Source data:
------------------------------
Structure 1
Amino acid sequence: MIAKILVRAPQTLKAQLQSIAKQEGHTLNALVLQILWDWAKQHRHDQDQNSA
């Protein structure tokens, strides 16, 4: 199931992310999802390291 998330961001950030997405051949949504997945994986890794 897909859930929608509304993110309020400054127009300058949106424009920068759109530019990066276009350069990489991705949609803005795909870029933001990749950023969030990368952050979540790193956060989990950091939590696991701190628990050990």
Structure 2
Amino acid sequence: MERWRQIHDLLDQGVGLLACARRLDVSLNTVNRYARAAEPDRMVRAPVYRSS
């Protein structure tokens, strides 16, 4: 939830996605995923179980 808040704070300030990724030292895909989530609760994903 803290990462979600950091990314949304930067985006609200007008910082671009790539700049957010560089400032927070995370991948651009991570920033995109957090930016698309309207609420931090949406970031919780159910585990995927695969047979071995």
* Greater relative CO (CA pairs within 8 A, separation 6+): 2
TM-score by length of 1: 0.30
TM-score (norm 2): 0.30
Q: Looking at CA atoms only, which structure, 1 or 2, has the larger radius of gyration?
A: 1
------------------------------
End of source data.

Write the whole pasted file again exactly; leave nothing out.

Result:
Structure 1
Amino acid sequence: MIAKILVRAPQTLKAQLQSIAKQEGHTLNALVLQILWDWAKQHRHDQDQNSA
């Protein structure tokens, strides 16, 4: 199931992310999802390291 998330961001950030997405051949949504997945994986890794 897909859930929608509304993110309020400054127009300058949106424009920068759109530019990066276009350069990489991705949609803005795909870029933001990749950023969030990368952050979540790193956060989990950091939590696991701190628990050990």
Structure 2
Amino acid sequence: MERWRQIHDLLDQGVGLLACARRLDVSLNTVNRYARAAEPDRMVRAPVYRSS
């Protein structure tokens, strides 16, 4: 939830996605995923179980 808040704070300030990724030292895909989530609760994903 803290990462979600950091990314949304930067985006609200007008910082671009790539700049957010560089400032927070995370991948651009991570920033995109957090930016698309309207609420931090949406970031919780159910585990995927695969047979071995």
* Greater relative CO (CA pairs within 8 A, separation 6+): 2
TM-score by length of 1: 0.30
TM-score (norm 2): 0.30
Q: Looking at CA atoms only, which structure, 1 or 2, has the larger radius of gyration?
A: 1